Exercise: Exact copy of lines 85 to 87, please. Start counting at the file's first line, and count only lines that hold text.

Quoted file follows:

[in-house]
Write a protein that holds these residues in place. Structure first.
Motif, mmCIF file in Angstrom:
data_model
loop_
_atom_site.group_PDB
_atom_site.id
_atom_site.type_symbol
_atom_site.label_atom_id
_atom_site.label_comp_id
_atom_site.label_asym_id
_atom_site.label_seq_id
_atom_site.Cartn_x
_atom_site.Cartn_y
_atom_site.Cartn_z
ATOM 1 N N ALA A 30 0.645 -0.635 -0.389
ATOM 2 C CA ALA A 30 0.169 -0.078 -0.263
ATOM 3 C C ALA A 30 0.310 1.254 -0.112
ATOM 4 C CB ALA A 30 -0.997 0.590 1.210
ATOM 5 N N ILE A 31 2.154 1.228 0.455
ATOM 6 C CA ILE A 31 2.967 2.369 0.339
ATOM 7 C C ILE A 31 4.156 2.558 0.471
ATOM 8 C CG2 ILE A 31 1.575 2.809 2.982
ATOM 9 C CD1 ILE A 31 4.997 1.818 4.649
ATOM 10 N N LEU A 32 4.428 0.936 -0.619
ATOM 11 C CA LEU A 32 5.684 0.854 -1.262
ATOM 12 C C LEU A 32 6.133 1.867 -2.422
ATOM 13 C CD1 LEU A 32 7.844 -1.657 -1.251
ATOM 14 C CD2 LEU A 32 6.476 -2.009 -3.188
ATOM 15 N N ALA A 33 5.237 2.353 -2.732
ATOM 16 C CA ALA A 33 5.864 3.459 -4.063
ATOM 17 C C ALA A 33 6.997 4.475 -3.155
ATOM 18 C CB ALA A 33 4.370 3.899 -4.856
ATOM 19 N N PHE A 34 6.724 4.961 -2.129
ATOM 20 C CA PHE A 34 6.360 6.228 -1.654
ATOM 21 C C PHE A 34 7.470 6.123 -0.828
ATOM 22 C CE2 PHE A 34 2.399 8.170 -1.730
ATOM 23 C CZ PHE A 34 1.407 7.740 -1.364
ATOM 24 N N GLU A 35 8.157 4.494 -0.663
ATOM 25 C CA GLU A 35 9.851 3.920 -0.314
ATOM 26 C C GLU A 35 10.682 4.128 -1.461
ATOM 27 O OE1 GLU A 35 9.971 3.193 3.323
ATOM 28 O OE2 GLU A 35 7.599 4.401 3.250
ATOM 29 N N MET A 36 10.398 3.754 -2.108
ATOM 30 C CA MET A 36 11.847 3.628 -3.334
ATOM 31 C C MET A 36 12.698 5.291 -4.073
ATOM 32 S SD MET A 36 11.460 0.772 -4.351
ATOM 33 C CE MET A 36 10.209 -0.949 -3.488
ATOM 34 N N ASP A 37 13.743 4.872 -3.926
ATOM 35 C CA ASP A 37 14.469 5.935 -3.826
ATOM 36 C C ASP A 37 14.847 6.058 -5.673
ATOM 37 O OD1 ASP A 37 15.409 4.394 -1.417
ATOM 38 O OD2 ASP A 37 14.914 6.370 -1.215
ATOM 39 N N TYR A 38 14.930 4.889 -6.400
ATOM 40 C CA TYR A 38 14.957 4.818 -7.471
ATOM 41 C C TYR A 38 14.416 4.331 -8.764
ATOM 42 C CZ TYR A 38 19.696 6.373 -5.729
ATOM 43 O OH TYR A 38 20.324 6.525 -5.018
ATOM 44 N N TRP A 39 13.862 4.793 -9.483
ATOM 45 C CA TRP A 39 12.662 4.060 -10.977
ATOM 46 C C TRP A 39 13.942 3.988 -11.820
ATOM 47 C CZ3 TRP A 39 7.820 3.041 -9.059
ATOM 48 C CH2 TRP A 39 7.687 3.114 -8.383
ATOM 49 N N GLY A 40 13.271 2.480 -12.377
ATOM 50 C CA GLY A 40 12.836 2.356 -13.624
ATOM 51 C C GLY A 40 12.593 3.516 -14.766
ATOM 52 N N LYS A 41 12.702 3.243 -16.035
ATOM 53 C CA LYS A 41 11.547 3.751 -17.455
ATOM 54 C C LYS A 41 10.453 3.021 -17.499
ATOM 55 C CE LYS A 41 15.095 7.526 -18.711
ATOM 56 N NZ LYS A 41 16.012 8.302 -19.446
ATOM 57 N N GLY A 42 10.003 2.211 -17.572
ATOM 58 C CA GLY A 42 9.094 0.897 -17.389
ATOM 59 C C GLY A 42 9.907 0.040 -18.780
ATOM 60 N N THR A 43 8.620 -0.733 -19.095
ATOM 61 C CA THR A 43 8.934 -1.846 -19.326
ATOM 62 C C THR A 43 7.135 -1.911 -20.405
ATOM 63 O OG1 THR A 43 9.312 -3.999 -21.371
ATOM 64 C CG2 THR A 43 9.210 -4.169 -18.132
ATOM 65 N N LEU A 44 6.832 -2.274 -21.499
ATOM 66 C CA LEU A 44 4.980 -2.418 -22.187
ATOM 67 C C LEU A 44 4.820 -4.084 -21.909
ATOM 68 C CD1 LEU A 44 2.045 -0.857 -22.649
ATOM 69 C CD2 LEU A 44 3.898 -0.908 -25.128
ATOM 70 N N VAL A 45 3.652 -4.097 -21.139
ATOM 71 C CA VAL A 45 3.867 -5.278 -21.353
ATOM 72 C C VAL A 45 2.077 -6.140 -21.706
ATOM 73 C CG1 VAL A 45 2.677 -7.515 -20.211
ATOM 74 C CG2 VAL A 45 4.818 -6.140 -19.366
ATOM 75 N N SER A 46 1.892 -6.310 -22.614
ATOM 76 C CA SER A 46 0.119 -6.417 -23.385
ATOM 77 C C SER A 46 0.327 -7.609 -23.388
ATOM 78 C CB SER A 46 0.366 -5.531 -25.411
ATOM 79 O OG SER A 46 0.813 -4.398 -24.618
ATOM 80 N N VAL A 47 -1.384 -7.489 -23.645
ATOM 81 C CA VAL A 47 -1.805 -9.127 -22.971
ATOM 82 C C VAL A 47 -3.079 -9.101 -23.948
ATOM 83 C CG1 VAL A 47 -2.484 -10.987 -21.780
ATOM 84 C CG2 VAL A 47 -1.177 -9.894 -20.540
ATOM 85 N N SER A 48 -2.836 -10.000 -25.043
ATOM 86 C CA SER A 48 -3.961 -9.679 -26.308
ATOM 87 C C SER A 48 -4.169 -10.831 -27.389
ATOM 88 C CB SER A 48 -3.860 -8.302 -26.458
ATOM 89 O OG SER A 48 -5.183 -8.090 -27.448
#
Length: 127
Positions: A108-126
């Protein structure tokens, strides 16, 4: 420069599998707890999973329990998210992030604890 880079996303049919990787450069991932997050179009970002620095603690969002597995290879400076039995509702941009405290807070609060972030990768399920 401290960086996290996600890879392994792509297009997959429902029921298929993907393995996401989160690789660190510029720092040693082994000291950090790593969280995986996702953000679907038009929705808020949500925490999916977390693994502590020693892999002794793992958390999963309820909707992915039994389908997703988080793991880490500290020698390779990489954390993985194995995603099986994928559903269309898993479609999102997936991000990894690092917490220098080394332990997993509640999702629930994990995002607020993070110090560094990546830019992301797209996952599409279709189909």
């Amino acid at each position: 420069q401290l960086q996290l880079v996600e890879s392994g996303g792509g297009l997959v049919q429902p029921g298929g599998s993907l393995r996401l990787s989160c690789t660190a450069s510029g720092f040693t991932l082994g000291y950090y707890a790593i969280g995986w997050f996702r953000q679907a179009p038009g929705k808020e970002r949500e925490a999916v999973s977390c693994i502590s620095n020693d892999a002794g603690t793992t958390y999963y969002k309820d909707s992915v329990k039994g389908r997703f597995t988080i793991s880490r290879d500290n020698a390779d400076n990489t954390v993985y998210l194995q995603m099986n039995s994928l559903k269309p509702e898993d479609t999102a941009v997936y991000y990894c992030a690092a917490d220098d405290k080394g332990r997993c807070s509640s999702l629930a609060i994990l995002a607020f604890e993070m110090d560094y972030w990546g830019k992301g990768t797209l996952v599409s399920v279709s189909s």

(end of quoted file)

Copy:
ATOM 70 N N VAL A 45 3.652 -4.097 -21.139
ATOM 71 C CA VAL A 45 3.867 -5.278 -21.353
ATOM 72 C C VAL A 45 2.077 -6.140 -21.706